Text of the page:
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GStats

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Just too much of a nightmare without them. Imagine running round Novigrad in Witcher 3 trying to find an individual person based on written directions. It would just slow the whole game down so much.

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an_ancient

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@gstats said:

Just too much of a nightmare without them. Imagine running round Novigrad in Witcher 3 trying to find an individual person based on written directions. It would just slow the whole game down so much.

Oh man I'd love doing that!

I think the real question is, do most open world games need quest markers? I would say yes. But in general, no. Two games that did it right for me was Morrowind and Outcast.

Morrowind had excellent written directions though funnily enough it was up to you to ask. You could end up backtracking to the quest giver to ask them where it was.

Outcast was for me ahead of it's time since NPCs would point or describe the locations or other NPCs. It was more clunky but man was it immersive.

I think people need to feel examples like these in order to appreciate it. A combination of that in a modern game would be godlike. I don't think it's necessary, but I do think that devs who try that, did a lot more for their world building than just make it look cool or copy paste some topographical real life data.

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GStats

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@an_ancient:

Not if you were a completionist you wouldn't. How many times do you need to do that in Novigrad throughout the whole game? About 1000 times?

It might be ok if it were just 5 different quests but that time adds up.

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an_ancient

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@gstats: I've not personally played the latest entry in that series, but I think it can work if there is a framework and justification.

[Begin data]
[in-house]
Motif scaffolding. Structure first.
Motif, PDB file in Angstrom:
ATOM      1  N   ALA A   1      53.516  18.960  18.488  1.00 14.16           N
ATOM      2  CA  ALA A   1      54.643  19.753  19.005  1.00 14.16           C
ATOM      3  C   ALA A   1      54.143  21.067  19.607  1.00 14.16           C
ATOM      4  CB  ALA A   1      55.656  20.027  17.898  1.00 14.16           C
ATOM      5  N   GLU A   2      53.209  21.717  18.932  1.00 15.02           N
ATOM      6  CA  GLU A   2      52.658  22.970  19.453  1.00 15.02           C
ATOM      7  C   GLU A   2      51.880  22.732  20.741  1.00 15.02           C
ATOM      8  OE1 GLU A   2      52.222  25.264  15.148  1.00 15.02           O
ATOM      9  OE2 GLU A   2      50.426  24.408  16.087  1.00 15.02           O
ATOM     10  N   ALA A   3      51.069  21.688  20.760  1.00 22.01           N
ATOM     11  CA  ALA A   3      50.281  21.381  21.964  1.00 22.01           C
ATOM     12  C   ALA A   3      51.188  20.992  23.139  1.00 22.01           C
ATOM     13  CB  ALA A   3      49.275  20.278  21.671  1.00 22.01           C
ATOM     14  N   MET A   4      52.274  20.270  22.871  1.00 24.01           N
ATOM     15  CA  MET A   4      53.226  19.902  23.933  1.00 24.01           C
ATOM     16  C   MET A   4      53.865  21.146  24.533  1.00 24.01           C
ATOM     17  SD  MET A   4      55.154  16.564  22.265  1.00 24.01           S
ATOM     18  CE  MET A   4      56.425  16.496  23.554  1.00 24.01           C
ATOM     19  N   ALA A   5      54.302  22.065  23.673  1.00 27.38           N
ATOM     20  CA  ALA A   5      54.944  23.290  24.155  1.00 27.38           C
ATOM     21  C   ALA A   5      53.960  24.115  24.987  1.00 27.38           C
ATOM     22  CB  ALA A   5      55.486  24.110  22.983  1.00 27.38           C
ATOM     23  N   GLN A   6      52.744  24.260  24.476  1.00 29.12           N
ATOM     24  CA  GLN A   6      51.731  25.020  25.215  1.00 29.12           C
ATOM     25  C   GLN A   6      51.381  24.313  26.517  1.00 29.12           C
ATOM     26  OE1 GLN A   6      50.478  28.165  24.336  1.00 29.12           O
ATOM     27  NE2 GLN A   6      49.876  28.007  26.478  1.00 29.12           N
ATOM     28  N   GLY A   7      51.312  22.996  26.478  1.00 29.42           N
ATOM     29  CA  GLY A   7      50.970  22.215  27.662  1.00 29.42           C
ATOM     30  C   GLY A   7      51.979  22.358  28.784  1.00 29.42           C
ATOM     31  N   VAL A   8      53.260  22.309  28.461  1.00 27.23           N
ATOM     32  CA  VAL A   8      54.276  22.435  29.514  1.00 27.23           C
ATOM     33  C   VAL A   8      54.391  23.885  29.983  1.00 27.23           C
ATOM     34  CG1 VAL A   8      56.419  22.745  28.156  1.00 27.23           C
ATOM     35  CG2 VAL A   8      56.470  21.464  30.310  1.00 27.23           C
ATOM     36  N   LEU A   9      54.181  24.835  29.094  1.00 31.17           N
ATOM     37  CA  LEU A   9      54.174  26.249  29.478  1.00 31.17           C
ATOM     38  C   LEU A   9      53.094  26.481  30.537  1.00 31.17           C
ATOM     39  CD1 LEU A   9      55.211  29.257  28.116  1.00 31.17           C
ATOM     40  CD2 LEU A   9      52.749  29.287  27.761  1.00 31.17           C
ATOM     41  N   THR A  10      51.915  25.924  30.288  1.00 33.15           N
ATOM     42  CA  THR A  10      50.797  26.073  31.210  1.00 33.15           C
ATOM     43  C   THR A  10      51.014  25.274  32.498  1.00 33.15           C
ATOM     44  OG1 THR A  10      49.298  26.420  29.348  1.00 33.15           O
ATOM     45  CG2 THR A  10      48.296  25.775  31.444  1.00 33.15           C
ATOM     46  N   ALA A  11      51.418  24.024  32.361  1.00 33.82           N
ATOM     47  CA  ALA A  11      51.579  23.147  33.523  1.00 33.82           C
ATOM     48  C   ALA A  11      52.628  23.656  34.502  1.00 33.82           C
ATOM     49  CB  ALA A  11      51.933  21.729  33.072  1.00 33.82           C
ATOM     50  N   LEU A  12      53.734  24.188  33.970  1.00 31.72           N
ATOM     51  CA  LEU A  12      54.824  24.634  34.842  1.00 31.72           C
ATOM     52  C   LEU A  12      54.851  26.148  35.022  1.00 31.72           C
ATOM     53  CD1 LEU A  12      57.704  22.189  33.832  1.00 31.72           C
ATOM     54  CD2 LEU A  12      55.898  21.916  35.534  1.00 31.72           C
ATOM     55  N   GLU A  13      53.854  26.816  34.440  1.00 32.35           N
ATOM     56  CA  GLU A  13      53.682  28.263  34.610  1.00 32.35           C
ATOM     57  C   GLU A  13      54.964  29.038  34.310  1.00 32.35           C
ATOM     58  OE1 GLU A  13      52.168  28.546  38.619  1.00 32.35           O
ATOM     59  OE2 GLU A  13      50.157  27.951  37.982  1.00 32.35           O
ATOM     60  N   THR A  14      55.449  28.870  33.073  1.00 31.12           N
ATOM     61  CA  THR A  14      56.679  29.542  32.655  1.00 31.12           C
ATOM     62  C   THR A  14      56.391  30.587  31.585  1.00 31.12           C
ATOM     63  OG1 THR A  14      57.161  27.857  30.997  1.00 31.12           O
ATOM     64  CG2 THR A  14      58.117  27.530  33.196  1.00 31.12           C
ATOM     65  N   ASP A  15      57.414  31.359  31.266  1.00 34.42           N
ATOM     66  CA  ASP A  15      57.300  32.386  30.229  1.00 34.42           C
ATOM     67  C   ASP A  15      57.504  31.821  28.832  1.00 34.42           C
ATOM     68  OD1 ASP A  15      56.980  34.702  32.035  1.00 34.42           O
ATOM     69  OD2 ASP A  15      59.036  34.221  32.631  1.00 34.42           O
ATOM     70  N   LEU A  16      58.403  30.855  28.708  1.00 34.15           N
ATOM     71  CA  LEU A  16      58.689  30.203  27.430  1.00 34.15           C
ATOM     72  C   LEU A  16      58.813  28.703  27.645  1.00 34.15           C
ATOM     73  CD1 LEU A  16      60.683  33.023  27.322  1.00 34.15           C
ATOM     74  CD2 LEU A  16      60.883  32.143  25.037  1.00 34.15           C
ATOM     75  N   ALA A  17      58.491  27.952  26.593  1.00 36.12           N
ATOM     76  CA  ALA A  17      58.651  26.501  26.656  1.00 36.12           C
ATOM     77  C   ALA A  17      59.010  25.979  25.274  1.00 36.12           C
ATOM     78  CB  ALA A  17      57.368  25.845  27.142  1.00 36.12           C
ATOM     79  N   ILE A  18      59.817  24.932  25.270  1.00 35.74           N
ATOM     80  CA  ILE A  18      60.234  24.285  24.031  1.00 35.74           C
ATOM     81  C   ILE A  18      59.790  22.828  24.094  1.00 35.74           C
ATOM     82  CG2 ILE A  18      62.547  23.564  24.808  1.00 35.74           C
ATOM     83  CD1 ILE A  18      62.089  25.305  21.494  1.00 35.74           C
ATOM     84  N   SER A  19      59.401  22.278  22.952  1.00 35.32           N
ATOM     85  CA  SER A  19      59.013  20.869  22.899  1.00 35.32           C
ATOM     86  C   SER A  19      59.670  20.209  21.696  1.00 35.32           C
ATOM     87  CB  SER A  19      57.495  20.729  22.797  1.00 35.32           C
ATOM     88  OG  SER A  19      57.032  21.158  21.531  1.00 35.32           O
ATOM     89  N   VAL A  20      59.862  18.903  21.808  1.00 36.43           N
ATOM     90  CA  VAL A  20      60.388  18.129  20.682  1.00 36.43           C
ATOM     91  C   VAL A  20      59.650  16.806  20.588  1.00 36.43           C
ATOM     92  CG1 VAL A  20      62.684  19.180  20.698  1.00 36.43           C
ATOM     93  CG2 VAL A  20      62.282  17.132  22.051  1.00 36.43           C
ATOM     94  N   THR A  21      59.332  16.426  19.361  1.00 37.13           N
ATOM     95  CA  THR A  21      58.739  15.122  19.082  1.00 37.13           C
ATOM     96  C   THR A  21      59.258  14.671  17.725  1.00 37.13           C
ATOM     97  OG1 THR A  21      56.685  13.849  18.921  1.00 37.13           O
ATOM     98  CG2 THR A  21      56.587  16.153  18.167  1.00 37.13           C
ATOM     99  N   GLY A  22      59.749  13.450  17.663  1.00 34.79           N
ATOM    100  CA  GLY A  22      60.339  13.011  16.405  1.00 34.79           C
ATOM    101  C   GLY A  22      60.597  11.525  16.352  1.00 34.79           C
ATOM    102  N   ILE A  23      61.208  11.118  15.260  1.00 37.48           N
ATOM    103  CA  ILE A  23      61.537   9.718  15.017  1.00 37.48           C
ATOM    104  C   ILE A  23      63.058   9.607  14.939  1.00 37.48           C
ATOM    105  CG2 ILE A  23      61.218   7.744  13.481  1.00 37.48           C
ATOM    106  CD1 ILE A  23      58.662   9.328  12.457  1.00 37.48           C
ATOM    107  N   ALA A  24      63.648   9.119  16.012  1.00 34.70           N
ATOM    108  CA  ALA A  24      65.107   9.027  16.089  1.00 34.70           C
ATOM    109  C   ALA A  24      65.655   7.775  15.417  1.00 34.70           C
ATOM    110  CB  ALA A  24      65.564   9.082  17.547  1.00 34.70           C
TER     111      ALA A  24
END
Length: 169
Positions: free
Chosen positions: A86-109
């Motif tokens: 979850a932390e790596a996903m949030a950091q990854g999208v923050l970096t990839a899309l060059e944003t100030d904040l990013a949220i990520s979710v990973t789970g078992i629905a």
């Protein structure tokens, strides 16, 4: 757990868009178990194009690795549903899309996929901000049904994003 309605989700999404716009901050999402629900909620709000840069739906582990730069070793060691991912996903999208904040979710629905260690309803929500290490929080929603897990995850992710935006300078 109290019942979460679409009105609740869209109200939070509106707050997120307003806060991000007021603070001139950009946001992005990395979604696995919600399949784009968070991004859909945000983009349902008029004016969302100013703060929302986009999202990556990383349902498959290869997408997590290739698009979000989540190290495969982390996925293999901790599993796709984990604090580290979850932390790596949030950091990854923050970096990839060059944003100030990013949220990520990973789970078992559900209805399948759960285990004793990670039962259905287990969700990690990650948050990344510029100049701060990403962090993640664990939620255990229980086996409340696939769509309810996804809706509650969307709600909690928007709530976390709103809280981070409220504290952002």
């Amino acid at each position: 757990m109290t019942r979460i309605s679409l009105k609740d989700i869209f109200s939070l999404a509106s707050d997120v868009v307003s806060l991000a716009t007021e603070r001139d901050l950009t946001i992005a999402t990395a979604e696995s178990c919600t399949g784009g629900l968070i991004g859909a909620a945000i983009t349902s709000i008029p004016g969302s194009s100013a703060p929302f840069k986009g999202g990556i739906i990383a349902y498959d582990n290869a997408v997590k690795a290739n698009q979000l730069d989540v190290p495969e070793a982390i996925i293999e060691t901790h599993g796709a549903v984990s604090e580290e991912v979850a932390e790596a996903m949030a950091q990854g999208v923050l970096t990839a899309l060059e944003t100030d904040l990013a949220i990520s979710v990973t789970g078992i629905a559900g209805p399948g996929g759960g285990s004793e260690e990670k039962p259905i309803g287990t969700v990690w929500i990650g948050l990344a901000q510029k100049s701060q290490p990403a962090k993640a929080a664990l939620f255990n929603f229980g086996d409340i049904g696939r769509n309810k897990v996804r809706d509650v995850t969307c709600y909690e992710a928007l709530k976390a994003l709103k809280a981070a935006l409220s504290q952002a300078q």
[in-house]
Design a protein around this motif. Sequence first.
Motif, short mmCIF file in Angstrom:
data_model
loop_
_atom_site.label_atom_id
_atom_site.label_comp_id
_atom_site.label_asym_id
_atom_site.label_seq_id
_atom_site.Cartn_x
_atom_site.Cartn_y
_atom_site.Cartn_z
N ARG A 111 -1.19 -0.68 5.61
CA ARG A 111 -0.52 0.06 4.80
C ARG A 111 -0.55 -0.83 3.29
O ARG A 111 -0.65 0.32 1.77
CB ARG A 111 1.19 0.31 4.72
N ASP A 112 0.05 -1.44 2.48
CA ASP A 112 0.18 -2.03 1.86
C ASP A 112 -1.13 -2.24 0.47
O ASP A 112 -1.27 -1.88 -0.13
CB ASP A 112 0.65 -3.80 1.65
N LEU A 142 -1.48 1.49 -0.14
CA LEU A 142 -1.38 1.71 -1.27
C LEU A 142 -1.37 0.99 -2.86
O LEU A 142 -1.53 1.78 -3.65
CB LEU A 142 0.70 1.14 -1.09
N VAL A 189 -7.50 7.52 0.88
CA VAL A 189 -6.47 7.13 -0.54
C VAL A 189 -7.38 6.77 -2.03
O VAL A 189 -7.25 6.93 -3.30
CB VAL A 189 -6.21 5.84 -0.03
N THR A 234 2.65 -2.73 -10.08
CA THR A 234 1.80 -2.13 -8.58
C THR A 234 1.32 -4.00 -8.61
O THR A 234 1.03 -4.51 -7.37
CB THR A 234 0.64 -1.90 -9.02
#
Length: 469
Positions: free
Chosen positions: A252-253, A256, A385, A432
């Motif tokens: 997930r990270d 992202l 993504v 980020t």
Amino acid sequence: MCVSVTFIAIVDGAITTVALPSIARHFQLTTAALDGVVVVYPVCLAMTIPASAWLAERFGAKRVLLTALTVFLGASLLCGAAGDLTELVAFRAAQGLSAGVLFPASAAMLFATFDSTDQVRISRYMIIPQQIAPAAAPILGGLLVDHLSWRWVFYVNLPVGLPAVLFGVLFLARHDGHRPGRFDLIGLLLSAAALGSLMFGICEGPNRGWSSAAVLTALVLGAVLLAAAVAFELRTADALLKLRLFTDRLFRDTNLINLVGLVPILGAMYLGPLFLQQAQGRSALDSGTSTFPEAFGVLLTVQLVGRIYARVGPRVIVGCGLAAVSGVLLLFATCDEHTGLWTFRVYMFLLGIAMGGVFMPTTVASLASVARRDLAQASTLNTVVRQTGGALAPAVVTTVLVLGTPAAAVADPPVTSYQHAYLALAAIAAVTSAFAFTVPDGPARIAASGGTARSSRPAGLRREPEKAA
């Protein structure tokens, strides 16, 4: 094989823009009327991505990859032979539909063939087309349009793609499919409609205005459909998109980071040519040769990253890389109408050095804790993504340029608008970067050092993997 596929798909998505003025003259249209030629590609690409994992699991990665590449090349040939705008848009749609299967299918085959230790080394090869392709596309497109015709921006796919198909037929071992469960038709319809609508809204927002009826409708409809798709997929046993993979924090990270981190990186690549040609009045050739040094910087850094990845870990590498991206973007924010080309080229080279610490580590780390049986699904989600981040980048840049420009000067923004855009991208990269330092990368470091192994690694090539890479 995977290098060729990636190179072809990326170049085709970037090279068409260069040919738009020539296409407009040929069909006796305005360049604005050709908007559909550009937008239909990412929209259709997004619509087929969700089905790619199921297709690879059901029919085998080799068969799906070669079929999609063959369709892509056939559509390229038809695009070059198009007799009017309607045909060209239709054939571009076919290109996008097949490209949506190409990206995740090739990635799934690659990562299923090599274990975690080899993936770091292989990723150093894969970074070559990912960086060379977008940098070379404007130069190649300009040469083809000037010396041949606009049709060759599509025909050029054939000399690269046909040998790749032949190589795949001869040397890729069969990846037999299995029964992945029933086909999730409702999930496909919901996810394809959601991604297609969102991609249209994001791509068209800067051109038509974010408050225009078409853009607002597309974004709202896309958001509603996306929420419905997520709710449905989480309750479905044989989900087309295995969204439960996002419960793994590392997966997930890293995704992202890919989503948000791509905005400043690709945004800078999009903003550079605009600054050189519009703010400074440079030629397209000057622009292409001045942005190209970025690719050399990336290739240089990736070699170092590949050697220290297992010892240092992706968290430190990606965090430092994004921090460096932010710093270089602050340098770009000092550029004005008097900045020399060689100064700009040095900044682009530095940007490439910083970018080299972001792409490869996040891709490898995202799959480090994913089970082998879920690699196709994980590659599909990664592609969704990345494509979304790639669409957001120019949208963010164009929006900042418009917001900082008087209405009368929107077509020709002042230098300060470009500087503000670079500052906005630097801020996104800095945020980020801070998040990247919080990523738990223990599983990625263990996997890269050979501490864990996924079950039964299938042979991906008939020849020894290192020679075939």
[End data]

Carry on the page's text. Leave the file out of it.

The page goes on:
I am currently looking at both maps and Witcher 3 is larger and the cities are more windey, and Morrowind seems simpler.

http://www.uesp.net/maps/mwmap/mwmap.shtml

http://witcher3map.com/v/#4/73.10/-11.38/m=83.530,-9.400

But also if the Witcher maps has only points of interest like the link and not individual houses you can go into, I can sort of see how it becomes a maze instead of a city. Maybe it's also to do with first person vs third in open world. With third you have to do more to look over your character and it's more difficult to read signs that would be easy if you were looking at the world through Geralt's eyes.

As I said, I don't think all maps are suited for that, but if you go into making a city navigable without that it will inform that level quite a bit. Time constraints being what they are you would end up with smaller towns and spend more money on voice acting, still I think it'd be worth it.

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Arjailer

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#48  Edited By Arjailer

Keep reading stuff like "pick a direction and keep moving stupid" and "dumbly follow an arrow".

If you play like that and find it boring, isn't that on you?

I can't imagine not having quest markers, but I don't follow them dumbly. I'll start off heading in their general direction, but often get sidetracked investigating cool areas I find along the way, sometimes abandoning the original quest for many hours before finally getting back to it.

If you "dumbly follow an arrow" that's your fault not the game's.

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paulmako

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No-one has mentioned Metal Gear Solid V yet.

An open world game in which quest markers were so useful, you could upgrade your equipment to add more.

You could even go as far as saying the core mechanic of tagging enemies in that game is adding 'quest markers'.

I recently played Dishonored, a linear game with open level based environments, and it had objective markers.

I think both Dishonoured and MGSV have fantastic level design and gameplay. Quest markers do not automatically ruin level or mission design.

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rorie

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I don't mind quest markers on the overmap, but the addition of "you might want to check this out" markers on compasses really does kill the immersion for me in open-world games.